Since Mr. Dempsey assures us that U.L.S. has not given formal support to any attack on religious schools, it would seem all the more important for members of the U.L.S. Executive to be cautious in putting their names to such a motion: front the fact that they did so, I drew shat still seems to me to be a broadly reasonable conclusion.
Your Political Correspondent
Sir,—During this presumed last session of the Council, when time is se precious, one would like to know how the system of calling speakers works, and if nothing can be done to ensure widest participation among the Fathers.
Apparently, Cardinals have preference. This might be suspended. It seems like A case of all Bishops (as descendants of the Apostles) being equal, but some more equal than others. And the title Cardinal, after all, is merely a hit of worldly Renaissance potnp, with no ecclesiastical meaning.
Then, too, Bishops with apparently little experience in a particular matter speak while others who are experts are silent.
In other debates, Cardinals Ruffini and Suenens have been heard over and over again.
It is mathematically impossible for all to speak, hence some selection. But how is that selection determined? Can Desmond Fisher give us the names of the Fathers on the selection committee? Can he tell us on what ground they -base their choice, in this last debate particularly?
I ask since the layman is now allowed, indeed expected, to take an intelligent and active part in Church affairs. This matter of peace, is of course, vital for mankind and is not just a Church matter.
Desmond Fisher writes:
Generally. Council speakers are taken in order of their eh ing mince to speak. The rules lay down that resumes must he in the days in advance though Cardinals are given preference and greater leeway.
The list of speakers is prepared by the Council secretariat but the Moderators often propose closure of the debate and this is put to a standing vote.
Many Bishops speak in the name of others and often a Cardinal is chosen because he is almost certain to he called. Even after the closure a Bishop may reopen the debate if he gets 70 other Bishops to support him.
Sir,--How very heartening was that description (CH., October 8) of the Mass celebrated in a private house at Westbury-on-Trym. This is a practice that one can only hope will spread, encouraged by every bishop and adopted with enthusiasm by every parish priest.
I can hardly imagine any better or more efficacious way of bringing the Mass — and so. God and salvation to the people, and above all to the lost sheep of the House of Israel.
One phrase only in your correspondent's description of the event has given me cause for surprise and puzzlement. It is where he says: "Because of the shortage of space, Communion was received standing".
Why "because of the shortage of space"? Surely it is now quite a normal — and indeed a desirable — practice to receive standing?
It is not long since you printed a picture of the Holy Father distributing Holy Communion to standing communicants in quite spacious surroundings: we here regularly receive standing, though we arc certainly not short of space. Nor, I imagine, are we in any way singular in this respect.
Frank R. James, Dorking,, Surrey.
Sir,—That you should print in your own columns a resume of the article by John Hennessy in this month's edition of the Catholic Teachers' Journal is a little surmising. First, an article by an individual with experience of one college (and that at least a year ago, since he is a teacher) is of doubtful validity when generalising of all the Catholic Colleges of Education.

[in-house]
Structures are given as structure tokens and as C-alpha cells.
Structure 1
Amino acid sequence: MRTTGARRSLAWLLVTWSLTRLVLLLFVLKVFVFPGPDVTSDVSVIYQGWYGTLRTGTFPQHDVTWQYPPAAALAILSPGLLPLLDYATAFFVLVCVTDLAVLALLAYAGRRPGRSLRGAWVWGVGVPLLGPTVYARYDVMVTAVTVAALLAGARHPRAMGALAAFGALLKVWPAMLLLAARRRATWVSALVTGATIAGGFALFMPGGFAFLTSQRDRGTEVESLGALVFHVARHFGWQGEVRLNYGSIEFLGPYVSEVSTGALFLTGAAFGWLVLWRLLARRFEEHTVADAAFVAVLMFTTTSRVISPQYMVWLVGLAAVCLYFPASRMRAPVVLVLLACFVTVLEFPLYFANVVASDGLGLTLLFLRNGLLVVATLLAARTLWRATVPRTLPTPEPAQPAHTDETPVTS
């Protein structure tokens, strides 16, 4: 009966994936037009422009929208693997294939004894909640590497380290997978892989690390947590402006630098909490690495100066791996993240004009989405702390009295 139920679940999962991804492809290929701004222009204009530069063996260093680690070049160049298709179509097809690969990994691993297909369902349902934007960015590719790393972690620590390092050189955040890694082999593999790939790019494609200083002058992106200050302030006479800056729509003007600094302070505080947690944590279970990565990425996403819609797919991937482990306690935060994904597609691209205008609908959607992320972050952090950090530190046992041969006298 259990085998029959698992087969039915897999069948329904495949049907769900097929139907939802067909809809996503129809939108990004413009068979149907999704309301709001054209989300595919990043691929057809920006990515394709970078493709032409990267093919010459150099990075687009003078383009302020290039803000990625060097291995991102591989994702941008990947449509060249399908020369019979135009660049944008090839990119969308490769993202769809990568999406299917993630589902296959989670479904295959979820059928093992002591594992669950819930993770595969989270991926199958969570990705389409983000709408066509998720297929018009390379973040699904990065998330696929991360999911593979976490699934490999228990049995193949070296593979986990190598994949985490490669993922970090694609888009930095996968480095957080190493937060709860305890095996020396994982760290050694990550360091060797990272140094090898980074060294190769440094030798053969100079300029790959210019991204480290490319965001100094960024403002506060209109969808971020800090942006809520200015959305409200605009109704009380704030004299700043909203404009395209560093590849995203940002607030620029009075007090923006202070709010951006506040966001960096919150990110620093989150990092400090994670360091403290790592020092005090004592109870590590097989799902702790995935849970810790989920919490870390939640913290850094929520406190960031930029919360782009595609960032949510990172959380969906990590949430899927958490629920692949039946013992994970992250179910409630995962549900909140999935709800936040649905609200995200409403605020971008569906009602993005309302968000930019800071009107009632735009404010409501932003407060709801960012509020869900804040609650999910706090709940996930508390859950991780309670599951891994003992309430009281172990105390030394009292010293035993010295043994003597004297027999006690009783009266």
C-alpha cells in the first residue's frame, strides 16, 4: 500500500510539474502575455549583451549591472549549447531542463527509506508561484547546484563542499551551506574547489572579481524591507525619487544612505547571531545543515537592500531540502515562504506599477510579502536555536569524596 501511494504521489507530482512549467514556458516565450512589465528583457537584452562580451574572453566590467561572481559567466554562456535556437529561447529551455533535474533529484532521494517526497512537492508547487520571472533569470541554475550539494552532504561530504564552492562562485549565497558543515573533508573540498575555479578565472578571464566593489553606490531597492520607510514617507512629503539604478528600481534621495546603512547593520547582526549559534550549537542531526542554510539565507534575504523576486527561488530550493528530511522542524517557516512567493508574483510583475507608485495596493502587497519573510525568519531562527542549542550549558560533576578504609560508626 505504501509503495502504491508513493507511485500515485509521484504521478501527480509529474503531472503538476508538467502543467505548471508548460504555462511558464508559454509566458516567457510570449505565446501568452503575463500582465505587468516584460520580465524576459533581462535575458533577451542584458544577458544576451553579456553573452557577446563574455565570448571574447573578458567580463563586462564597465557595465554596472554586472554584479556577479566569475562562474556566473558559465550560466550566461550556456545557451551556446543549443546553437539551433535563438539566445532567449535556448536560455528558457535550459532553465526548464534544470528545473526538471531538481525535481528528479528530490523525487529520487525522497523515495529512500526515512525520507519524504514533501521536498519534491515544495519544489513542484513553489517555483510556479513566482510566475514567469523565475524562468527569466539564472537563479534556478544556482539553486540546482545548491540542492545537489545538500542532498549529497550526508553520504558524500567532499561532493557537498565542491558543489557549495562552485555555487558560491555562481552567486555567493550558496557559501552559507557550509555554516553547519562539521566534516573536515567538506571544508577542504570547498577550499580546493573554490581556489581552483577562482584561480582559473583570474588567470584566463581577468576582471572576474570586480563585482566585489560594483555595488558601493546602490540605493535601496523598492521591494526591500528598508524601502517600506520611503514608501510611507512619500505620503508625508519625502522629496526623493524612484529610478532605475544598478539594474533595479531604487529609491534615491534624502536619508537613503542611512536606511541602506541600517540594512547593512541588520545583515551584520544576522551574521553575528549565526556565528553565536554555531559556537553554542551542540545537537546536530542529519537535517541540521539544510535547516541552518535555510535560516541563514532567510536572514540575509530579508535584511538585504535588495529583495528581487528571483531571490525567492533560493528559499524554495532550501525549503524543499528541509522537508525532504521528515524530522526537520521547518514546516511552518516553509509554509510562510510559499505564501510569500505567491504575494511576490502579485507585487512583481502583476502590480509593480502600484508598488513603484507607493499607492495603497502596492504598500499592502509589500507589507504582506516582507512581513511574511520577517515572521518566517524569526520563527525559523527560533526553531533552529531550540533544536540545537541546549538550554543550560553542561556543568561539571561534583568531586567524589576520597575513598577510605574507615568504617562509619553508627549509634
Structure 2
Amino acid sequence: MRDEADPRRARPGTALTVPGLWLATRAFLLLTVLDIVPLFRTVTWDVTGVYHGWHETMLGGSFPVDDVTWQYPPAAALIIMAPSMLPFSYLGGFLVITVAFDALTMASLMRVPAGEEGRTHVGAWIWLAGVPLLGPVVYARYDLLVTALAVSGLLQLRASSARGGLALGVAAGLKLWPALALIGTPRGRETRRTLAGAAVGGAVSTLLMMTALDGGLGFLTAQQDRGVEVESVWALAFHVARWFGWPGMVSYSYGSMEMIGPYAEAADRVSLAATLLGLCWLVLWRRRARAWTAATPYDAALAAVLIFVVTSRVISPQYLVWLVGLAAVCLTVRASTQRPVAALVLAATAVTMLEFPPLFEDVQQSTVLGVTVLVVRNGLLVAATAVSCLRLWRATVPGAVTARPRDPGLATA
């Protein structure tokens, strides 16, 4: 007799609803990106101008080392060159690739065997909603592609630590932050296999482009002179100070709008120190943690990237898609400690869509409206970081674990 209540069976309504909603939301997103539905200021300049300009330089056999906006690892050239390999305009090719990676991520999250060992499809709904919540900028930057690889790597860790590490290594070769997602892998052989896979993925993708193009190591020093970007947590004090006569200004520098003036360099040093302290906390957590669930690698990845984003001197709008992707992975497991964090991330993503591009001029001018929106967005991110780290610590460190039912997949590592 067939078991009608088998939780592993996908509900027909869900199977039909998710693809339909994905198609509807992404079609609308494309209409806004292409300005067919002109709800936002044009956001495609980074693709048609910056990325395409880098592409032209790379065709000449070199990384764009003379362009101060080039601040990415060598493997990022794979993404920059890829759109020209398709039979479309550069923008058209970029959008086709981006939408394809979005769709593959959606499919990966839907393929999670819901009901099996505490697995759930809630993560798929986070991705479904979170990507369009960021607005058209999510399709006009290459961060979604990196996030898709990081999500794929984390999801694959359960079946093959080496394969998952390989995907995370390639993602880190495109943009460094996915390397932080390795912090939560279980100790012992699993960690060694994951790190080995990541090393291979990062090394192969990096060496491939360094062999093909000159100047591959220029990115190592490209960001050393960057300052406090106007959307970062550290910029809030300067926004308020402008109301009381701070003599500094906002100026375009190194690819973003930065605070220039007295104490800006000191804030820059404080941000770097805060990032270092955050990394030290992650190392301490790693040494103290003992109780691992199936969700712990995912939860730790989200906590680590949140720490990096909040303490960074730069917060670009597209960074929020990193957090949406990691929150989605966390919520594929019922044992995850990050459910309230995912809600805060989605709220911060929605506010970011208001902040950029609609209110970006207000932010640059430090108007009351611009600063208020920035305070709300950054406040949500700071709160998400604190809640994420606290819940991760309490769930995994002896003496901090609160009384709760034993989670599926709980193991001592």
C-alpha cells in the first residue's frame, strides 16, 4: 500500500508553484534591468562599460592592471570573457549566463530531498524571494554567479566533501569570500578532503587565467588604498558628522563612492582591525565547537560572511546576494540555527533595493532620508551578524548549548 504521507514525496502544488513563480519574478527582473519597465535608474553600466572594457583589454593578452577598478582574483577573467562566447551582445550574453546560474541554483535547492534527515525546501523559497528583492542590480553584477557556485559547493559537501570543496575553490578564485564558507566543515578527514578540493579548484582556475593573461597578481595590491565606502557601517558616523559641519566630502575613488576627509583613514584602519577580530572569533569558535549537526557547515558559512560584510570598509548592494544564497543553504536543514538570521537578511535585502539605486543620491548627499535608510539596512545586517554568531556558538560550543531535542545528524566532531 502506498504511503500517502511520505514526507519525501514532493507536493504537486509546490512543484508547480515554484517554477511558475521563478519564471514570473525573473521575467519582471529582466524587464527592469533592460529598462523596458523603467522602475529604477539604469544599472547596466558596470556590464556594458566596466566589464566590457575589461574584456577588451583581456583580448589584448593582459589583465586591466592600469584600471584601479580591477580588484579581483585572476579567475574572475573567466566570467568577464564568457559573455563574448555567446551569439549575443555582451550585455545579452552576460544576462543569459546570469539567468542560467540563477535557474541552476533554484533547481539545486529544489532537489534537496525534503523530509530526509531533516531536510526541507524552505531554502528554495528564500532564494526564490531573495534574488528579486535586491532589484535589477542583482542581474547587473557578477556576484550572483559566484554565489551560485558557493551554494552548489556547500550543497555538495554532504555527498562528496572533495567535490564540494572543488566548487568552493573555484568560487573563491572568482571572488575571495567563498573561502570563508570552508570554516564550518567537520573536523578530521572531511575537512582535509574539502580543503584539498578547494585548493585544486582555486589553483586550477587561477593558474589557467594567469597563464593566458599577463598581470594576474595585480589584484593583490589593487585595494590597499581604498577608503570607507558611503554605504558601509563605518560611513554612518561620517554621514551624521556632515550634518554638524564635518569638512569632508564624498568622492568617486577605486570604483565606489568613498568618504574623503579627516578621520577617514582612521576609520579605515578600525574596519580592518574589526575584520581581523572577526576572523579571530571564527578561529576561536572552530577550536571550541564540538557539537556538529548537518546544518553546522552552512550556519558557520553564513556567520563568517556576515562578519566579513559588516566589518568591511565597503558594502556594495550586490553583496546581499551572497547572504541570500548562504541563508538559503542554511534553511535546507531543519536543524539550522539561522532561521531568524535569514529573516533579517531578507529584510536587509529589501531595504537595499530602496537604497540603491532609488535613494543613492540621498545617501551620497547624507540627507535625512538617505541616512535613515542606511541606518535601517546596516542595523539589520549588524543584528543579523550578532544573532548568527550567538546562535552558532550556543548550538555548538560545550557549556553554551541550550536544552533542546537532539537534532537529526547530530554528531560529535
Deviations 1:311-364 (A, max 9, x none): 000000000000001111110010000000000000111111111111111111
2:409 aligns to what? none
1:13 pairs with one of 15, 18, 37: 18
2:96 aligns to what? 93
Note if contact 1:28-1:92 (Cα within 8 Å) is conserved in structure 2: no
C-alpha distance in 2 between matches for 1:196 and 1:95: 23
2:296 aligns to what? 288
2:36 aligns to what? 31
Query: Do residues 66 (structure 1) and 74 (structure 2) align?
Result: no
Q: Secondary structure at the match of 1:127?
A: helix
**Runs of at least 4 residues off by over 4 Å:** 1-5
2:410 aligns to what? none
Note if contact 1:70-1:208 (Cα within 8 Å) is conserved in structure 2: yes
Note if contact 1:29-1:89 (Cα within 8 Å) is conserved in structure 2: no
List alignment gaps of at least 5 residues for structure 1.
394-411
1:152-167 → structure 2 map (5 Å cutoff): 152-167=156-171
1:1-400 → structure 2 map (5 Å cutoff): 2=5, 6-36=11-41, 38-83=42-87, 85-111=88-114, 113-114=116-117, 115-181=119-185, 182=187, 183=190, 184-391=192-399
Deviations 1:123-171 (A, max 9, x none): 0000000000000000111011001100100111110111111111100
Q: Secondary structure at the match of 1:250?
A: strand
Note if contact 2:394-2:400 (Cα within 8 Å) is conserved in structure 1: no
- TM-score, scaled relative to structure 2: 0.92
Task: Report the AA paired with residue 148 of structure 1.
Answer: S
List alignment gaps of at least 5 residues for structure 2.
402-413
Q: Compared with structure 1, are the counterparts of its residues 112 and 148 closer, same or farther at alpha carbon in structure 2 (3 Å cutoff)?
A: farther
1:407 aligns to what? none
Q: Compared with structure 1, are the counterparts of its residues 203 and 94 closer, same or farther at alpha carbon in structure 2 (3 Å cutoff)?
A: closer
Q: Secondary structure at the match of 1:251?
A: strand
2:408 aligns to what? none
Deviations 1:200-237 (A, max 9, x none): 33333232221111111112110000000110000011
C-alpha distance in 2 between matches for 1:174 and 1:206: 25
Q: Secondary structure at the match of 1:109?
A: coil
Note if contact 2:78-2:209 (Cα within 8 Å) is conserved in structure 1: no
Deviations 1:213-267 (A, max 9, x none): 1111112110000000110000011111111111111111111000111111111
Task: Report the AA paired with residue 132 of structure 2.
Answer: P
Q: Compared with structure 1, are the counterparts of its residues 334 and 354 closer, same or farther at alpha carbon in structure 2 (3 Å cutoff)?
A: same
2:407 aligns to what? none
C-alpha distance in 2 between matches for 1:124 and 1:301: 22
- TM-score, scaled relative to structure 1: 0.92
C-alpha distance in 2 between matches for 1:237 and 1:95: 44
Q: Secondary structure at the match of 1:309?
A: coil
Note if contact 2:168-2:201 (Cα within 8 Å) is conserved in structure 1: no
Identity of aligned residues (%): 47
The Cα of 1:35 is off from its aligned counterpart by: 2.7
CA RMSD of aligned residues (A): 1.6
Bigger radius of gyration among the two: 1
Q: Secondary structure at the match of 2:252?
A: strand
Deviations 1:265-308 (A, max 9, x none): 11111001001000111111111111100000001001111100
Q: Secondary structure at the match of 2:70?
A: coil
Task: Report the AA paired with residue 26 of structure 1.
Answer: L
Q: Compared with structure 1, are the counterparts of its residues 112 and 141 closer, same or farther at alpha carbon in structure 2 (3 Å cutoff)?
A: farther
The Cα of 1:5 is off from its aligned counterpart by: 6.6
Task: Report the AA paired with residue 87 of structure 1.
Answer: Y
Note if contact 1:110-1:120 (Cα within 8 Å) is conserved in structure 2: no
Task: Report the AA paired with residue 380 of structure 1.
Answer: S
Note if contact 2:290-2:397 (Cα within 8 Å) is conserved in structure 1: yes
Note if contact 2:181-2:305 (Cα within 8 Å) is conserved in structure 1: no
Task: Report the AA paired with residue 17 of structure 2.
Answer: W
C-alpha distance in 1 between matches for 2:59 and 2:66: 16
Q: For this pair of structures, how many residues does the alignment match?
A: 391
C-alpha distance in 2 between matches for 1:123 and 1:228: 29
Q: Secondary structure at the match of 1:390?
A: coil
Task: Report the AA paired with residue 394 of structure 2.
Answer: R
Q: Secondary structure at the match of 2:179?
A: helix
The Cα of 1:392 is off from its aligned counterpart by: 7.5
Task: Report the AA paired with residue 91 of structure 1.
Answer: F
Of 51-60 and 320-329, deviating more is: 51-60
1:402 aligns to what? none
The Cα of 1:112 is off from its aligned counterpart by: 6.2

It is about one year since this Association ran a concerted campaign for an improvement in the Divinity Courses in the Catholic -011eges. As a result, it became quite apparent that the principals were as anxious to effect improvements but were hindered by external obstacles. However, in most Colleges, changes, sometimes radical. have been put into effect, the results of which have still to be seen but which would seem to be to the good.
The results of these changes are that the courses are based much more firmly on the reforms of the catechetical movement. The opening of the College of Cateche,ties and the interest therein (you quote the principal as saying that a religious whirlwind has hit the nation) is but one indication of the awareness of the existence of the new approach in this country.
1, therefore, have no hesitation in saying that as a result of enquiries by this Association, the situation in the Catholic Colleges is practically as good as it can be in the circumstances in which they have to work and that the changes suggested by Mr. Hennessy have already been put into practice.
It is only fair that the other side of the coin should be shown and that any inmistation against the standards of the Divinity Courses in the Catholic Colleges should be refuted.
• Anthony L. Slade, President, Association of Catholic Teacher-College Students.
Sir,—May make a further point with regard to the report on the Urrnston survey on sex education (C.H., October 1). One of the moat important branches of our work is to encourage parents of very young children to talk more freely on this very intimate and personal subject.
Embarrassment is nearly always one of the main causes of tension here, hut to the young child it is not in the least embarrassing. He is just as curious about his own origin and the way he is made as he is about poking a stick into a puddle, or watching a spider make its web. This natural curiosity is strong and insistent, and it is up to the parents to keep it healthy and innocent by answering questions simply and truthfully as they arise.
Many parents can transfer their own feelings of guilt about sax to their children quite unwittingly. Even whilst not positively condemning sexual interests in their children, they can imply guilt by the continuous absence of approval.
Even the adult's attitude towards toilet training can give rise to feelings of guilt in children, instilling the idea that anything connected with sex is dirty. These impressions can easily be more lasting than is realised. and can be carried into adult life and impair adult relationships.
The over-prudent parent may in fact he harbouring a deep sense of guilt about sex which can in turn determrne the child's acceptance or rejection of his natural erotic feelings. More tolerance of the young child's interest in sex, and more open discussion of these problems can help him to achieve healthy maturity.
It is our aim to help parents to lessen these tensions and anxieties, and to show that we learn to love and live together in our own family circle. This is the hest way of building a good Christian foundation, and ensuring that a child grows up to have a happy married Ile of his own, (Mrs.) Frances Hancock, Lancs. Remedial Education Service.